Scott Ferguson:
When Jesus said that he did not come to destroy the law, but to fulfill it, to what was he referring? There are two distinct areas covered under the Old Testament law, man's duty to God and man's duty to man. Which of those was in need of the fulfillment that Christ brought? Only those laws which prescribed adherance to practices that pointed towards His atonement. Can you find anywhere in scripture where Christ lowered the bar on any law that govern relations between individuals? There are none. One can only deduce that those laws were counted good and proper by Christ, or He would most certainly have taught against them.

I think it's quite commendable that you unashamedly voice your tenets of faith, but you should avoid attacking fellow Christians for their stance on an issue such as this. It is actually quite arrogant of you to question whether others are "true Christians" or to somehow qualify their beliefs based upon your own understanding of a belief structure in which you are obviously woefully under-studied.

Please note that at no time have I questioned your faith, Scott, I have only drawn into question the time and effort you have expended in gleaning, from Scripture Alone, the knowedge necessary to effectually proclaim and defend the tenets of your faith.

Giving someone two d... (Below threshold)
jc:


Giving someone two different life sentences for two different crimes makes sense to me, since if you appeal one decision and the new trial finds you innocent you still have to serve the life sentence for the other crime.

My two cents:First... (Below threshold)
Wanderlust:

My two cents:

First of all, Scott Ferguson may or may not be well studied. However, that doesn't change my opinion that he hasn't studied the Bible all that much, as opposed to whatever commentaries support his views, as he has stated above.

Second, to expand a bit on SilverBubble's comment: the narrative of Genesis 4 through 8 suggests that man became thoroughly corrupt very quick (notice Cain's actions early on). This passage should be most telling to the reader:

Gen 6:5-8,11
5 The LORD saw how great man's wickedness on the earth had become, and that every inclination of the thoughts of his heart was only evil all the time. 6 The LORD was grieved that he had made man on the earth, and his heart was filled with pain. 7 So the LORD said, "I will wipe mankind, whom I have created, from the face of the earth--men and animals, and creatures that move along the ground, and birds of the air--for I am grieved that I have made them."...11 Now the earth was corrupt in God's sight and was full of violence.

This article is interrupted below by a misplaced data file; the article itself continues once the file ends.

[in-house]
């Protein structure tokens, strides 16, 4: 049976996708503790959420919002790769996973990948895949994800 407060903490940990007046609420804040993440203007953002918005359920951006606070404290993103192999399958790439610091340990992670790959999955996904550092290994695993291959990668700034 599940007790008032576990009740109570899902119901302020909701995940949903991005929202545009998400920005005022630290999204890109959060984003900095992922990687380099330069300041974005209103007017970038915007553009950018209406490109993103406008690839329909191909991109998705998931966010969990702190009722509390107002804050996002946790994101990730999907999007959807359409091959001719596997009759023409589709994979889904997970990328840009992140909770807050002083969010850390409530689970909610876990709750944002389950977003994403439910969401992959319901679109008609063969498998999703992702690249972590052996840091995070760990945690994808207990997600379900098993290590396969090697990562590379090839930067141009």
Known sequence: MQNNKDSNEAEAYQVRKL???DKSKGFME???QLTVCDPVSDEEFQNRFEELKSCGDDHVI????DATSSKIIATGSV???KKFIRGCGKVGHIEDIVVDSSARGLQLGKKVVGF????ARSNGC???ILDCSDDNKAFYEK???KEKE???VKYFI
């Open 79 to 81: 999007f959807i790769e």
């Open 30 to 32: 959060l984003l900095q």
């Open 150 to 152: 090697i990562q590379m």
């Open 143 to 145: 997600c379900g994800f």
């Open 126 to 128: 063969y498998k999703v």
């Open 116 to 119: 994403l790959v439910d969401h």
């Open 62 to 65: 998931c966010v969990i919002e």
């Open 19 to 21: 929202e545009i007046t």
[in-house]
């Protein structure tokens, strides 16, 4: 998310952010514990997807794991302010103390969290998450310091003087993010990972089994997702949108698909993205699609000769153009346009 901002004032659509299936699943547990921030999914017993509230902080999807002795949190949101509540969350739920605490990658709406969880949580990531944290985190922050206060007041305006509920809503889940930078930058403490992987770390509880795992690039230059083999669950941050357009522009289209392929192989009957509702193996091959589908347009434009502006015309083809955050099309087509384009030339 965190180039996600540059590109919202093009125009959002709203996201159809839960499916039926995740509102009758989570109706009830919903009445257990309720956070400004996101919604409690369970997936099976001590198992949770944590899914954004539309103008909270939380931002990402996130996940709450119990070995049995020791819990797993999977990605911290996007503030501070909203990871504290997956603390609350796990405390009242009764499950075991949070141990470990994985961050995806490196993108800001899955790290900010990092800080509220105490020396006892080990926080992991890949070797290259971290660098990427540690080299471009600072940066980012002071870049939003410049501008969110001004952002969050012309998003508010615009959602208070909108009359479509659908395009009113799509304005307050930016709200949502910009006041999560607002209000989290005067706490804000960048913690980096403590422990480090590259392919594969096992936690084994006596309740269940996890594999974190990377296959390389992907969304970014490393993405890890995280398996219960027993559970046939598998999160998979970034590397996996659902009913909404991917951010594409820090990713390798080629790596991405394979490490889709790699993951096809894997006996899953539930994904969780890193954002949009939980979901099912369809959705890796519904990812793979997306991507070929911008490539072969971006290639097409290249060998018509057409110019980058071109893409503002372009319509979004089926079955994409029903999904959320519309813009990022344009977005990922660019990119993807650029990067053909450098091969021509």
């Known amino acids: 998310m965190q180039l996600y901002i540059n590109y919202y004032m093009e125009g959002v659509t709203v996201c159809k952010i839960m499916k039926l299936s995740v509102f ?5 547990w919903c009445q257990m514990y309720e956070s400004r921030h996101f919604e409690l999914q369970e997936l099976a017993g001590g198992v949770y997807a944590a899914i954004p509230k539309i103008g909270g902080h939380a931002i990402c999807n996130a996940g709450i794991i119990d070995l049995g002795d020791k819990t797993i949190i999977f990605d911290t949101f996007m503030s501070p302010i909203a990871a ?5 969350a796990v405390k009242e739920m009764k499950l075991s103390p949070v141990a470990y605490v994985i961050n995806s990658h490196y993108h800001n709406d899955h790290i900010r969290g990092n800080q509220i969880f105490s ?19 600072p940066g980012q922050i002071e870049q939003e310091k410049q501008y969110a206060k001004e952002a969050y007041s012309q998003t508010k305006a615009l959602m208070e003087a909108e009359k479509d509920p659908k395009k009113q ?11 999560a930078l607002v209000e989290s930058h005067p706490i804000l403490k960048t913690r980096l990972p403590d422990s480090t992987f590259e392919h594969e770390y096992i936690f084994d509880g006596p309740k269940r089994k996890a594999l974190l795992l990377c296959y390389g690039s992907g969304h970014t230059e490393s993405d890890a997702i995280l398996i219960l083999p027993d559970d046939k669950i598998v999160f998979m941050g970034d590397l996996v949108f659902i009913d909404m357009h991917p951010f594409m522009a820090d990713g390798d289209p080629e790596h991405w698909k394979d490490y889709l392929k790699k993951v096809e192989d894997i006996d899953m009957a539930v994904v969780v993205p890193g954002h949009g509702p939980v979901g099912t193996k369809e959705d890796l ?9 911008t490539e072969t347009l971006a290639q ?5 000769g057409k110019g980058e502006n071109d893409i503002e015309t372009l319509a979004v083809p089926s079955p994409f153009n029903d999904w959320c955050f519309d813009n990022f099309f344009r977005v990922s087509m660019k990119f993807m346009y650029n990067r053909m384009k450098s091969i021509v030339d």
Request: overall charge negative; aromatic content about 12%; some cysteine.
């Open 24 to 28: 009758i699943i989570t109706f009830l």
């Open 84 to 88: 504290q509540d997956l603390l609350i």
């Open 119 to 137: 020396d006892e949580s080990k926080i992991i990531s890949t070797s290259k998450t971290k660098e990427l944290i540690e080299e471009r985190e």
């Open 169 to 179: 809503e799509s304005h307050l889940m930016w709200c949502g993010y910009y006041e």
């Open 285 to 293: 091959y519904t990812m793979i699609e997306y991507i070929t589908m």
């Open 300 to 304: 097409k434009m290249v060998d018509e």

NIV

This antediluvian period (from the Fall of Man to the Flood) covers roughly 2,000 years; a time period that seems long, until the reader considers that lifespans were roughly 10-11 times longer than now (longest being Methuselah, at 978 years). So, essentially two generations from Adam, the whole thing has fallen apart. In an age without law (as such) from God, fallen Man became so violent that God decides to destroy them all, save Noah and his family.

Hence, the latter part of the first rule given by God when Noah and family step out of the Ark has to do with establishing the source of, and importance of, life: don't drink the blood of what you kill. Right behind that one, the second rule establishes the value of human life:

Gen 9:6
"Whoever sheds the blood of man,
by man shall his blood be shed;
for in the image of God
has God made man.

NIV

Therefore the Scripture in these verses (and related narrative) clearly illustrates a) the inherent violence in Man's fallen nature; and b) that because only God has the power to arbitrarily give and take life, taking one's life arbitrarily means that you instantly forfeit your own.

BTW I like immensely what Dan S wrote earlier, and would add to his comments that warfare should fall under the State's power to give and take life, all else being equal.

Fascinating discussion, even if Jay is kinda on the sidelines of this one (due to his previously stated beliefs regarding such things).

Maybe one can find some hap... (Below threshold)
Nicholas:

Maybe one can find some happy middle ground between no additional punishment and a death sentence with the reintroduction of hard labor?

It could be reserved for this sort of situation. I doubt many prisoners would look forward to working in the salt mines (or whatever the modern equivalent happens to be).

Quite true, Wanderlust, and... (Below threshold)
Jay Tea:

Quite true, Wanderlust, and I appreciate you recalling that.

But putting on the "disinterested third party" hat for a moment, I will contribute two things:

1) Some Biblical scholars say that "Thou Shalt Not Murder" is a truer interpretation of the Commandment;

2) I am inclined to categorically reject any law or legal decision that is based purely on theological grounds. They usually have a bit more behind them (common sense, culture, tradition, common law), so the fact that the Bible backs them up doesn't bother me.

And yes, I make a Christmas exception. It's a good time of year for a break anyway, and the decorations are either aesthetically pleasing or garish to the point of laughable. I don't find them threatening in the least.

J.

Regardless of where you sta... (Below threshold)
DL:

Regardless of where you stand on capital punishment -civilization requires that we provide protection for prisoners -not only from being murdered ,but from being raped as well. If you think otherwise then to continue to be a nation of laws and not street(prison) justice, we need to incorporate prison rape and /or murder as part of the sentence. As far as the Christian bit is concerned, God did say quite clearly that "Vengence was His!"

NicholasThe modern e... (Below threshold)
DL:

Nicholas
The modern equivelant of "hard labor" is to make the guilty one wear panties on his head!

Jay,I agree with y... (Below threshold)
Wanderlust:

Jay,

I agree with your second point completely - as far as I can tell, where Biblical precepts have made their way into modern law, at least in the States, it has been because that precept has a clear, easily understood moral foundation that supports and reinforces the Democratic ideal of pursuing life, liberty, and happiness...so long as your pursuit of those things does not hinder someone else from having the same opportunity to pursue them, as would you, all else being equal.

(Well, at least Democratic in the abstract - can't speak for the Party of the same name anymore, unfortunately.)